When your child is sick, you may have millions of queries for your doctor, but you may overlook or forget them. Here are ten questions you must ask to understand your child's health better.
By Aarthi Arun
With their immunity still developing, children may seem to be sick every other day. Your child's incessant running nose, occasional fever and diarrhoea can take a toll on you. You may want to raise many questions about your child's illness with her paediatrician, but when you visit the clinic, you may not get the time to ask all of them during the short session with the doctor. Many parents also feel hesitant about making too many queries. However, it is important to clarify your doubts to feel reassured. Making a list of questions beforehand can come in handy during your appointment. It will also make the paediatrician's life easier.
Here are ten questions you should ask, which will help your child get appropriate care:
There is nothing that shoots up your blood pressure like your child's rising body temperature. But, a high fever is usually not a cause for concern unless your child is an infant or has other worrying symptoms. So, instead of obsessively checking the thermometer, ask your doctor for suggestions to keep your child comfortable, like dressing him lightly or giving a warm water bath to reduce his temperature.
Whether it is a common cold or some serious infection, the treatment options can be many. Don't shy away from asking questions and offering suggestions – you know your child best. Are antibiotics necessary? My child is allergic to so-and-so drug, will the treatment be suitable? My child was very uncomfortable when taking the same medicine last time, are there any alternatives? It will make your paediatrician's decision-making easier if you work as a team, and choose a treatment that is apt for your child and your family.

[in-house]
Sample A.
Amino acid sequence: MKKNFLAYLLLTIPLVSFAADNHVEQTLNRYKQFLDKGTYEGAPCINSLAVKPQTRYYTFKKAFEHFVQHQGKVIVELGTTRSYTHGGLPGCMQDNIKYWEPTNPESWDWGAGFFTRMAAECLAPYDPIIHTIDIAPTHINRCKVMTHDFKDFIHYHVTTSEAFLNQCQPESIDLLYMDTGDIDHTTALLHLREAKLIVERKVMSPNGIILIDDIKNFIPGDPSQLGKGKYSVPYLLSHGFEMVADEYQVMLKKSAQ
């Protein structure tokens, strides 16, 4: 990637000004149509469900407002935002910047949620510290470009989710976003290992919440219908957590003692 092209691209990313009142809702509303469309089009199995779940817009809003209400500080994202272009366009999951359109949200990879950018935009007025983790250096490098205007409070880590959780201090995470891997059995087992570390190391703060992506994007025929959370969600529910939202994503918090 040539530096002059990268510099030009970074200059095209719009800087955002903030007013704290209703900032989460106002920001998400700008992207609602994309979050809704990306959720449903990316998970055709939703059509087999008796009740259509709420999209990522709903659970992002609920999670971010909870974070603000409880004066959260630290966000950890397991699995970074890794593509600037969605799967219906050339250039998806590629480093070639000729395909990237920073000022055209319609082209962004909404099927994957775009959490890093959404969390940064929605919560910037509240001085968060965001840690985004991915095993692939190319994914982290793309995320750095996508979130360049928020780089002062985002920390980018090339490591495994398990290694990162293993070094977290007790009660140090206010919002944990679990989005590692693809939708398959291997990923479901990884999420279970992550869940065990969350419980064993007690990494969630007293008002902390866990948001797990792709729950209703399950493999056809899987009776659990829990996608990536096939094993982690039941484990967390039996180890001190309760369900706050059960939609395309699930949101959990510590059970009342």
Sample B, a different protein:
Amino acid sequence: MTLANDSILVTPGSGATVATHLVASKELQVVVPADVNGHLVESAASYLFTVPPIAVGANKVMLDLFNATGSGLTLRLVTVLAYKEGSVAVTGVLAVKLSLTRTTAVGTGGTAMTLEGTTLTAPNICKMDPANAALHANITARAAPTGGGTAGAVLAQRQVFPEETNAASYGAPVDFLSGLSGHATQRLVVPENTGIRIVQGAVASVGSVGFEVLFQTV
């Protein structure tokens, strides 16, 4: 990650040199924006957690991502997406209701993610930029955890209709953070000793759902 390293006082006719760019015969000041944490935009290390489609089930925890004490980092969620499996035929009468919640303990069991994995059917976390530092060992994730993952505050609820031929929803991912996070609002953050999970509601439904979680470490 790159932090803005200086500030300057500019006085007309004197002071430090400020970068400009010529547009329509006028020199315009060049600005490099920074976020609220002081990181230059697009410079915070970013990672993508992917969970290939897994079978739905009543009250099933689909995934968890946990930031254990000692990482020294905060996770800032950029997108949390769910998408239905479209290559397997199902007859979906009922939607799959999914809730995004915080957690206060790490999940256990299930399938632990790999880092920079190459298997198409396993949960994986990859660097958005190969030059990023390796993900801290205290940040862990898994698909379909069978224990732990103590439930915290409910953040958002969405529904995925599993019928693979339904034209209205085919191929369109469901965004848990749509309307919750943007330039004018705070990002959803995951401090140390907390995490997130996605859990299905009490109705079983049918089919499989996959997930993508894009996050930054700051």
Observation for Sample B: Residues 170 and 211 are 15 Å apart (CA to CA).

From rashes to diarrhoea, your child's medicines may come with unpleasant side effects. By knowing them beforehand, you will be better equipped to handle them effectively. It will also save you from disturbing your doctor with an unnecessary late-night call.
Many of us don't bother to take the child back to the doctor, once the initial dosage of medicines gets over. Sometimes, you may also abruptly stop the medicine once your child feels well. But, it is always better to treat an illness or infection thoroughly so that there will not be any relapse. Finishing a full course of medication will help your child build immunity against the illness.
There is nothing wrong with treating simple ailments like a cough or a headache with grandma's remedies but, it is extremely important to note that not all natural remedies are safe. Some home remedies may also interfere with the medicines that your child is taking. Children are especially sensitive, and any medications for them are better left to the experts to handle. Your best bet is to check with your doctor first before trying anything on your own.
We all are great fans of Dr Google, although he often puts us on edge by misdiagnosing common cold as cancer. But, the good news is that you don't have to hide it from your doctor, who is probably aware of your Sherlock Holmes-like investigation skills. Feel free to discuss your concerns with your paediatrician. Remember, only a trained doctor with a vast, real-life experience can properly identify your child's symptoms and give you the right diagnosis.
Many times, the doctor's talk is too difficult for parents to follow. But there is nothing to be ashamed of, if you don't understand the medical jargon or complex explanations. Ask your doctor for simple explanations to better understand your child's condition – your doctor will be glad if you're on the same page.
For certain illnesses, your child may need to restrict her diet. Also, things like gluten and lactose can aggravate some conditions. So, don't overlook your child's diet. Ensure to have a word with your child's paediatrician on diet suggestions.
If you find that your child is not getting any better or feel that the illness calls for an expert opinion, do share your concerns with your doctor. She can recommend a specialist based on your child's symptoms.
With new diseases showing up every now and then, it is only wise to keep up with the latest developments in vaccinations. Don't forget to ask your paediatrician about any new or seasonal vaccinations for your child.
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